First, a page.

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Gateway To Revolution:
Rebellious Iraqi Kurdish City Still Feels The Burn After Protests

Saman Omer
Anti-government demonstrations in the Iraqi Kurdish city, that started the Kurdish uprising against Saddam Hussein, have left a bitter aftertaste.
11.01.2018  |  Sulaymaniyah
 (photo: امير حسن )
(photo: امير حسن )

The Kurdish city of Raniya in northern Iraq has special significance for locals there. It was one of the first urban settlements to rise up against former Iraqi leader, Saddam Hussein in 1991 - so although only around 15,000 people live there, the city is seen as one of the building blocks of the current semi-autonomous Kurdish region. It is sometimes called “the gateway of the uprising”.

Recently the citizens of Raniya have been protesting again. During December’s anti-government protests, that expressed dissatisfaction with the current ruling elites, with corruption and with a lack of state salaries, Raniya’s protests turned particularly violent, with several deaths.



Raniya’s protests, from around December 18, 2017, indicated the level of dissatisfaction that locals are feeling. “If we had known you would rule us like this, we would never have rebelled against Saddam Hussein”: Signs like this at protests were not uncommon.

During the protests, the demonstrators attacked the headquarters of both of the region’s two leading parties, the Kurdistan Democratic Party, or KDP, and the Patriotic Union of Kurdistan, or PUK. They even vandalized and set fire to the offices of political parties such as the Change movement and the Islamic parties, usually seen as opposition parties in Iraqi Kurdistan.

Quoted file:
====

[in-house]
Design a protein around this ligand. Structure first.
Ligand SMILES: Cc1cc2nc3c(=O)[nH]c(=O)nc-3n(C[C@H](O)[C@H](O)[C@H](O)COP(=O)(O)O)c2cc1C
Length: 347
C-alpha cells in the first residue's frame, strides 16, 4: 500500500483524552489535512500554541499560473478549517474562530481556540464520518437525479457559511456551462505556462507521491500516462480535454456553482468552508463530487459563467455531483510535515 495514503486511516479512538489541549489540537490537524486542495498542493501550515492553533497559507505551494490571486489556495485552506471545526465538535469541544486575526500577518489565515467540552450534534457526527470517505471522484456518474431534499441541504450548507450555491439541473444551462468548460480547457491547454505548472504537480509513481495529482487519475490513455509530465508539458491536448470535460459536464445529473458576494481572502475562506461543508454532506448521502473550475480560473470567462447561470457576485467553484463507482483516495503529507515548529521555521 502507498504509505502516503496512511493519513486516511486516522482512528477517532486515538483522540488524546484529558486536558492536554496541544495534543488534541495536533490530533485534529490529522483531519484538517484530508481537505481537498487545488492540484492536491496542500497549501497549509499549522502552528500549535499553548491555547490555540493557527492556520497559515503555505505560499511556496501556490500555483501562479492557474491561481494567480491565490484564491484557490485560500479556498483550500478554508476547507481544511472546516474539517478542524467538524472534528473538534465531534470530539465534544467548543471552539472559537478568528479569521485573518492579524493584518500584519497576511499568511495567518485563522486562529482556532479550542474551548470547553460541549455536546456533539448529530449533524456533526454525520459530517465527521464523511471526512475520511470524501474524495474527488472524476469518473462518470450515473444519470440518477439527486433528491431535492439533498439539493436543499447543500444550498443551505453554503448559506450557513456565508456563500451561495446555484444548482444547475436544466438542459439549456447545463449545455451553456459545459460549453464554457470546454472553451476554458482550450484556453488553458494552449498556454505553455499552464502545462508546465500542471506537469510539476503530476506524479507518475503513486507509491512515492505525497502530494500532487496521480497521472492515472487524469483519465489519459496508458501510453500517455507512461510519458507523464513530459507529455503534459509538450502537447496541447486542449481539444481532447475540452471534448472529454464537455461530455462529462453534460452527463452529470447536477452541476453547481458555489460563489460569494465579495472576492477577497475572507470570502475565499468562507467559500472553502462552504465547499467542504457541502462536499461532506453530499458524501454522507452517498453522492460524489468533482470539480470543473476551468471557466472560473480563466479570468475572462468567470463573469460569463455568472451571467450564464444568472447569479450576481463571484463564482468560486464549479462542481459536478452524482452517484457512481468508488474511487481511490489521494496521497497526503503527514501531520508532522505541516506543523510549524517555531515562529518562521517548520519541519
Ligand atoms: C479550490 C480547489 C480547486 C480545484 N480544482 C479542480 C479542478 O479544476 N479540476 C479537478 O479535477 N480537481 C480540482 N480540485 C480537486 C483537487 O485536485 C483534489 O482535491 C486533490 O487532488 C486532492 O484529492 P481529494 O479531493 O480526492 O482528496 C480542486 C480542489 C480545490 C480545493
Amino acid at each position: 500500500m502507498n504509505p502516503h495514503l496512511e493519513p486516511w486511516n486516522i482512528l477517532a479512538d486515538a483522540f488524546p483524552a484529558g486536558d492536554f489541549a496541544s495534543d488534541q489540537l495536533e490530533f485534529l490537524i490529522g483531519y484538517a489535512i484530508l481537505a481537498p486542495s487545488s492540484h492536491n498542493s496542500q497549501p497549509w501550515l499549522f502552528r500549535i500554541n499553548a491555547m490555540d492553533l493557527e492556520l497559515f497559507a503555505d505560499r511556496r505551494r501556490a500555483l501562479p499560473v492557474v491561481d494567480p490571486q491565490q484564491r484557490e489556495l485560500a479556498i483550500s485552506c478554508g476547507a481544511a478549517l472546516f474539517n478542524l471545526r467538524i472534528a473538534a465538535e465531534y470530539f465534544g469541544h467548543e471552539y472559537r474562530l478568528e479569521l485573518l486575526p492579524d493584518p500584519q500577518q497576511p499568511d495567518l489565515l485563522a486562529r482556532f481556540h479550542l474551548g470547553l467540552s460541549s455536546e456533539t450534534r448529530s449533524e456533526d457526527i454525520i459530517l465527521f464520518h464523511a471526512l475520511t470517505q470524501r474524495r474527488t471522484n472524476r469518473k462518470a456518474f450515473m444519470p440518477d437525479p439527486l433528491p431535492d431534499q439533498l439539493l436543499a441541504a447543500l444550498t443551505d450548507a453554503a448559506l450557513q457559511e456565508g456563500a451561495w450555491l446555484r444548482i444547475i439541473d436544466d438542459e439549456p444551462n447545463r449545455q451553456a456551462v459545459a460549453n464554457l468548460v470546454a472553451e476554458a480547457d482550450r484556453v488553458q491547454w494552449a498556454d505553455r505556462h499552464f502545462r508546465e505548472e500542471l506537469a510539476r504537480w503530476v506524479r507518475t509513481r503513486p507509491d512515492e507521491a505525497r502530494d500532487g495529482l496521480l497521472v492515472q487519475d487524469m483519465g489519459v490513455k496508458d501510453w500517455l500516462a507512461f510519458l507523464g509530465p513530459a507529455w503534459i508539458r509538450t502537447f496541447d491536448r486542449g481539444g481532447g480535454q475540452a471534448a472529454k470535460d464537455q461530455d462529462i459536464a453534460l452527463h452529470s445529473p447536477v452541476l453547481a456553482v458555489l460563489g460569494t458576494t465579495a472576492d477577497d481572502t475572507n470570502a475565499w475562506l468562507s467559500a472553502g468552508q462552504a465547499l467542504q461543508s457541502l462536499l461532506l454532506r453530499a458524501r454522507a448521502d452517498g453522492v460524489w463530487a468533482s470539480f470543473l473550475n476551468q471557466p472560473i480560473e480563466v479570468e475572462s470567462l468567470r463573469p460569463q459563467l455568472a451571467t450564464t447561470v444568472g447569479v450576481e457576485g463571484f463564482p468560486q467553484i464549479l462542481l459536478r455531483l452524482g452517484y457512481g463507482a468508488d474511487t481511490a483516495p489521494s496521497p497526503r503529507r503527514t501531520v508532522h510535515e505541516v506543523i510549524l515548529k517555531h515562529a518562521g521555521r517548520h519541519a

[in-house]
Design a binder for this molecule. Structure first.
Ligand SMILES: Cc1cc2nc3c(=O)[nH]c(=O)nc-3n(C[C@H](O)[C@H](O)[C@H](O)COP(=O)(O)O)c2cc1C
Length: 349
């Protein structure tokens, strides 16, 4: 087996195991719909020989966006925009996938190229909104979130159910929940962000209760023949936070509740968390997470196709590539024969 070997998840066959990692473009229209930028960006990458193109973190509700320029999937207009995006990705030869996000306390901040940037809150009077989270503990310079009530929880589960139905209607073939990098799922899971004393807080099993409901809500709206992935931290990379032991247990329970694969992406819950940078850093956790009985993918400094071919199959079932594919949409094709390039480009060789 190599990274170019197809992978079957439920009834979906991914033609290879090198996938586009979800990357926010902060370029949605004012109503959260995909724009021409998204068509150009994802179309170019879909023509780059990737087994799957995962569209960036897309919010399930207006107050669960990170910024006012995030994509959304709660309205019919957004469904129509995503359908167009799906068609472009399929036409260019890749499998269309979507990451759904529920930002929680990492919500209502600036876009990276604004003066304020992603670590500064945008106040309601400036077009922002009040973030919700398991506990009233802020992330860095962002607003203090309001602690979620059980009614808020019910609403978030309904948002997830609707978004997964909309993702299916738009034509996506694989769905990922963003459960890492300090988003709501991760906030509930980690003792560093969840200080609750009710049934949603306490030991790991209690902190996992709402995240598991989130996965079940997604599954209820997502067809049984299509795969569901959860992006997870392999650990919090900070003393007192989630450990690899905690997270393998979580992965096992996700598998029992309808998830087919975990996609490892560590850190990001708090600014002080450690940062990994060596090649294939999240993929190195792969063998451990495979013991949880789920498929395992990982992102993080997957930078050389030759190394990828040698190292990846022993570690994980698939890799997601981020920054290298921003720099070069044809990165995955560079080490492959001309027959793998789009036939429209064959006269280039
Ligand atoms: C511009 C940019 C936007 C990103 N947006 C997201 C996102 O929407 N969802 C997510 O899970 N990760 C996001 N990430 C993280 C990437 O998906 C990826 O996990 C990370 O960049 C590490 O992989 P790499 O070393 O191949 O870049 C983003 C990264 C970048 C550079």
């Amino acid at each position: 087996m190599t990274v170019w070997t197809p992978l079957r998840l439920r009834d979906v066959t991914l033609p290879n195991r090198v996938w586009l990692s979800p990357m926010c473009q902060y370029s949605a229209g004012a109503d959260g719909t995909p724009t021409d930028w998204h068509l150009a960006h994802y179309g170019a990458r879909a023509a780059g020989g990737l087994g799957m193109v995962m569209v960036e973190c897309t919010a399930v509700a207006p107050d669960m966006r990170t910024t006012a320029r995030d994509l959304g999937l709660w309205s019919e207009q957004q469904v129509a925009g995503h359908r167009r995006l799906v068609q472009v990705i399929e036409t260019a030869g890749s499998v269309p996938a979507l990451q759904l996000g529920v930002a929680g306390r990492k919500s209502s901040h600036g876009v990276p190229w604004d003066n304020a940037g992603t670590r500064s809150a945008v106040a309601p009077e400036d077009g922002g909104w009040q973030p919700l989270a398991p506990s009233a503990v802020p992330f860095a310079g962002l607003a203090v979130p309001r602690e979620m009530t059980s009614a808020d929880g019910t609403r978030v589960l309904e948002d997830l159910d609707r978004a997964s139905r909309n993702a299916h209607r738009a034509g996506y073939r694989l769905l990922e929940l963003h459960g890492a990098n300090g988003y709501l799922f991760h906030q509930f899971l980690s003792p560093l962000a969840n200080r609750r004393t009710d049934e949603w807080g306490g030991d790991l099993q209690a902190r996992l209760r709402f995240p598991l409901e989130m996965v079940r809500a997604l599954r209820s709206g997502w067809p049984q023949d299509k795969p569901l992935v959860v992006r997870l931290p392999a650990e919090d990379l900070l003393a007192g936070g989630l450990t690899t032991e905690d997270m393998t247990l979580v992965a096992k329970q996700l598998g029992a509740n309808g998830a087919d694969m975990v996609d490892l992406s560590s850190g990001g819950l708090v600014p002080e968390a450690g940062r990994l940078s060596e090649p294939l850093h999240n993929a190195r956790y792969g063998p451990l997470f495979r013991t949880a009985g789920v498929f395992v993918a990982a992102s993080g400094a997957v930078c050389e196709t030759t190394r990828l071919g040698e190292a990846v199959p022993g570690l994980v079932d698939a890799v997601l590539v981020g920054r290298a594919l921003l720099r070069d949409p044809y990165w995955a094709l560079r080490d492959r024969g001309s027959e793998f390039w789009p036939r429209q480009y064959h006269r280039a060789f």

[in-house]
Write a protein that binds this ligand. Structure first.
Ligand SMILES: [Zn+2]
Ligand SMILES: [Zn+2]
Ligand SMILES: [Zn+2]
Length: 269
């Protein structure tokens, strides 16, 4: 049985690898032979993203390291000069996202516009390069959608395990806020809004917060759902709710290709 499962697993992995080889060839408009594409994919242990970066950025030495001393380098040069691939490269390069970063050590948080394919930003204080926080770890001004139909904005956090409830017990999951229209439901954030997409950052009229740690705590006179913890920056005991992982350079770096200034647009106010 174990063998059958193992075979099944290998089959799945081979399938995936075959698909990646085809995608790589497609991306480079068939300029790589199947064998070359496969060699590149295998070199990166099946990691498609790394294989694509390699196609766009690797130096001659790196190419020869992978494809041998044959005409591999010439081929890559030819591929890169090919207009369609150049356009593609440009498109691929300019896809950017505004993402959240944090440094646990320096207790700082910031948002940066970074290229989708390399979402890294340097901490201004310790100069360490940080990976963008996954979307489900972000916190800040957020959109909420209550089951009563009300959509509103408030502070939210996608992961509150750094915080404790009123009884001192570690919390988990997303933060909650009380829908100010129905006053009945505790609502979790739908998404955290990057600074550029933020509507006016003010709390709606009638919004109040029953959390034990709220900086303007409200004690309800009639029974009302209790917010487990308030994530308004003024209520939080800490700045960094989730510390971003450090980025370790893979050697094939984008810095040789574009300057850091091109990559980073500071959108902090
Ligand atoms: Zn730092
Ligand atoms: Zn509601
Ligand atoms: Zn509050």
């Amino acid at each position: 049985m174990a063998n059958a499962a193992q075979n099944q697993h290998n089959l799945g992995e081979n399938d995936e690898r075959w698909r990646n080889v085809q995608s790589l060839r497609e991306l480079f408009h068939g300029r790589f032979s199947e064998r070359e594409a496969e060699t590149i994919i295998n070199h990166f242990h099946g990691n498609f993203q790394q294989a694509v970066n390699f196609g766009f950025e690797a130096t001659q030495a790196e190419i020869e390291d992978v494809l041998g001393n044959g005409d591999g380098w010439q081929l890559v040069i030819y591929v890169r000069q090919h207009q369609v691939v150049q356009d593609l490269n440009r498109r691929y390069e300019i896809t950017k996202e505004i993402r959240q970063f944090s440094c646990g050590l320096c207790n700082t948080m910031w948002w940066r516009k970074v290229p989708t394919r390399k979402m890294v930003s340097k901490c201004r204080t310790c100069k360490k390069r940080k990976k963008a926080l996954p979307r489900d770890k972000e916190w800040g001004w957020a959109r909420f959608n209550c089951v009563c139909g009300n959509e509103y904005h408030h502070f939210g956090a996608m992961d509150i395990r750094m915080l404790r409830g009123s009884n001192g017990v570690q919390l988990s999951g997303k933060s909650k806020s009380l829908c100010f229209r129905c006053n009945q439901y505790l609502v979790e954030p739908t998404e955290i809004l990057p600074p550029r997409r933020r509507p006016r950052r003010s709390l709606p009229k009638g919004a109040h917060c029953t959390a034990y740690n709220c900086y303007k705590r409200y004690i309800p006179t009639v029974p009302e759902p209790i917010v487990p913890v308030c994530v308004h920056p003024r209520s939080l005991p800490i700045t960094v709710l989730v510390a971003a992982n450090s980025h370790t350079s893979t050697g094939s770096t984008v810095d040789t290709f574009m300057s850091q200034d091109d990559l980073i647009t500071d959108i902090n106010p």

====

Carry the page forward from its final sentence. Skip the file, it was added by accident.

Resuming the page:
“At first the demonstrations were quiet,” says Yassin Abdallah, who was one of the organizers. “But then when officials simply ignored the protests, things started to get violent.”

The protests continued for five days. Participants begin throwing rocks at the security forces protecting the party offices. One local military man, who wished to be known only by his initials, A.B., told NIQASH that he and his colleagues were attacked without provocation. “The demonstrators were violent,” he says. “I was injured by the rocks they were throwing.”

A.B. did not deny that the security forces fired their guns at the protestors.



This resulted in the injuries of around 85 people and two deaths, including one young man, Mohammed Taha, who had just been accepted at a local university a few days before the protests broke out. His grieving father told NIQASH he was trying to press charges.

After a large force of Iraqi Kurdish military and local police were deployed to the restive town, there were multiple arrests, including that of Abdallah.

“They arrested me and blindfolded me and tortured me,” he told NIQASH. “Then they took me to Sulaymaniyah [a major city nearby] but I was released after two days. The forces that arrested me did not have an arrest warrant from the court,” he explained.

Raniya’s mayor, Hiwa Qarani, confirms that around 80 people were arrested after the demonstrations. However, he argued, “violence does not serve the demands of the protestors.” 



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